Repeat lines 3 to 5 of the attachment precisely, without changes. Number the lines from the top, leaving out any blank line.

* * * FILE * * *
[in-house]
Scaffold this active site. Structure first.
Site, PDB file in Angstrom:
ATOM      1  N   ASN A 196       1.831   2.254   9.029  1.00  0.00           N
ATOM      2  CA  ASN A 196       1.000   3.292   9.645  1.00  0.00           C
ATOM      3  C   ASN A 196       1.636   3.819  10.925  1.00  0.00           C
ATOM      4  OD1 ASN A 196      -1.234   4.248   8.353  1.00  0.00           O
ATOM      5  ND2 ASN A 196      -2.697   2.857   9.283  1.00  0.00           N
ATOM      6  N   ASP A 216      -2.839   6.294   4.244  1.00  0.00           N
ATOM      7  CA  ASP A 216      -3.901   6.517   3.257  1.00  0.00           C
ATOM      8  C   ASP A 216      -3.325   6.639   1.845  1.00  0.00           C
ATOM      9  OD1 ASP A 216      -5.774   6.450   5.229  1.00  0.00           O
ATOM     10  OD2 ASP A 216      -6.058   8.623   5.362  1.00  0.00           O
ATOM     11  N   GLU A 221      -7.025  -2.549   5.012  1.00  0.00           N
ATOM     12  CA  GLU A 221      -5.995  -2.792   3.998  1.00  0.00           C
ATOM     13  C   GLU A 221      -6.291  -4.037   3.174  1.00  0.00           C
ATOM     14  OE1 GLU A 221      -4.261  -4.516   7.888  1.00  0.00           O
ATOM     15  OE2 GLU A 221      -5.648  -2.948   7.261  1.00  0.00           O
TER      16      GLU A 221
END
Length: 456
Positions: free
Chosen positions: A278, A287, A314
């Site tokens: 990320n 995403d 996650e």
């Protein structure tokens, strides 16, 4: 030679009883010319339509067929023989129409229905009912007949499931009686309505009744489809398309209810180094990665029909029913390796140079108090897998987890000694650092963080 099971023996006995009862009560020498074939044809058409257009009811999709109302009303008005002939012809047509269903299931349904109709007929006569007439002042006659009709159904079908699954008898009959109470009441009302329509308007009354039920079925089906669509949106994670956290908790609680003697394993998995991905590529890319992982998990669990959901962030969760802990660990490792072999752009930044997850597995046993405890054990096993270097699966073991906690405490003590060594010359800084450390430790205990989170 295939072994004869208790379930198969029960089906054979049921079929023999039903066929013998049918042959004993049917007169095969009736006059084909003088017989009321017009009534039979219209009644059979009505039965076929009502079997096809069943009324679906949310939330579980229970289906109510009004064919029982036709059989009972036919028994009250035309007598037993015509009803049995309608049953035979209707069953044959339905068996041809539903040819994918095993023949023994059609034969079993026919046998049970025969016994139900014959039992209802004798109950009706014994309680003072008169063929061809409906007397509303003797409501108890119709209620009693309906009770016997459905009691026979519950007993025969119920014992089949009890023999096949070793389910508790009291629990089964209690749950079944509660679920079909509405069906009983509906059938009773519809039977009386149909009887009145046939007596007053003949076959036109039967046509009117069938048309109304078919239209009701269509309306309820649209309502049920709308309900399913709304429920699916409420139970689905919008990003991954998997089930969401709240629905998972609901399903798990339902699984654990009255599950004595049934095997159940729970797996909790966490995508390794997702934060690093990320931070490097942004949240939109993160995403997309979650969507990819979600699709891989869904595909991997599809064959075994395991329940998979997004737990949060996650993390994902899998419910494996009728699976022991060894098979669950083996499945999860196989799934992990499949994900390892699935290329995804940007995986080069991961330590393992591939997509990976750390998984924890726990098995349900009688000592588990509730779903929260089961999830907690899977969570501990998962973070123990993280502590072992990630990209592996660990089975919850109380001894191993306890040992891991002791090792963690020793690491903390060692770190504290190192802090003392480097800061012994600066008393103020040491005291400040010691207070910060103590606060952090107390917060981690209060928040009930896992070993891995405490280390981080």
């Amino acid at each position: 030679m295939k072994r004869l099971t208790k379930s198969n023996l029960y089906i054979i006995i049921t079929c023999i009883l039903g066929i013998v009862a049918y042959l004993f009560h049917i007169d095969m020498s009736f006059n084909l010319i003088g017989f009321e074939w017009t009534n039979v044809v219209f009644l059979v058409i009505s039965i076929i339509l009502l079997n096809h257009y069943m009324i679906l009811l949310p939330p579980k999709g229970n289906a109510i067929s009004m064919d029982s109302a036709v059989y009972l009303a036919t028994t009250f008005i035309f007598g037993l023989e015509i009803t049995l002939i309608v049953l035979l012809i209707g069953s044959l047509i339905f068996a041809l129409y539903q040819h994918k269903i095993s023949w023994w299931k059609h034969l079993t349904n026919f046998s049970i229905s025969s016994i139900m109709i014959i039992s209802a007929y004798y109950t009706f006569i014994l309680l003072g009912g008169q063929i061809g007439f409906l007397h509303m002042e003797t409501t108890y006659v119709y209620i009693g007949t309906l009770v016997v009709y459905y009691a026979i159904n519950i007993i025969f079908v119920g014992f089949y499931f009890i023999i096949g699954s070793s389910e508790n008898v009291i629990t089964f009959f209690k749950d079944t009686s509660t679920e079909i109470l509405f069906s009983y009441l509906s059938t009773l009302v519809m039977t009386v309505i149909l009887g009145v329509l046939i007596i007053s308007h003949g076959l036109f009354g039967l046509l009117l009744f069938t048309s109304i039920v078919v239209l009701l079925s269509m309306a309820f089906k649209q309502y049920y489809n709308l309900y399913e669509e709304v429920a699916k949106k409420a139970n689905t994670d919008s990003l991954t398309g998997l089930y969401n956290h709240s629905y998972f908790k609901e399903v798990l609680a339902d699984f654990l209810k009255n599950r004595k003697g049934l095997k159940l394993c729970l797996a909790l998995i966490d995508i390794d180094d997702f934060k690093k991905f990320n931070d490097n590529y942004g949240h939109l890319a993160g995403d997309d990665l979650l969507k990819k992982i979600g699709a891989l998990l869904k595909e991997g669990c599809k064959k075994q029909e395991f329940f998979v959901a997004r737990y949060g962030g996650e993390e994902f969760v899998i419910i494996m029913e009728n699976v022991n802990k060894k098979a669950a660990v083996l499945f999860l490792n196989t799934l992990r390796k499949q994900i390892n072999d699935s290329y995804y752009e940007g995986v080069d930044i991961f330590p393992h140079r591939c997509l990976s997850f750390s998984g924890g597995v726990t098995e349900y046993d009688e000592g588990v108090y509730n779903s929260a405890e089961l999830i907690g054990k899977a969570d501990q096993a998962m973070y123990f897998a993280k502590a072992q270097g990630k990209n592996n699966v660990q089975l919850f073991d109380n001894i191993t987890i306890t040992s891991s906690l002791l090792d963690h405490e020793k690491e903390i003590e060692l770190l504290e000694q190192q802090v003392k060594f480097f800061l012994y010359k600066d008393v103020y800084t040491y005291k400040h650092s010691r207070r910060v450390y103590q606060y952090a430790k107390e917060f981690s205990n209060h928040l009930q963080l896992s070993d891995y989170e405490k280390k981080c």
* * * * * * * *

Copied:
Site, PDB file in Angstrom:
ATOM      1  N   ASN A 196       1.831   2.254   9.029  1.00  0.00           N
ATOM      2  CA  ASN A 196       1.000   3.292   9.645  1.00  0.00           C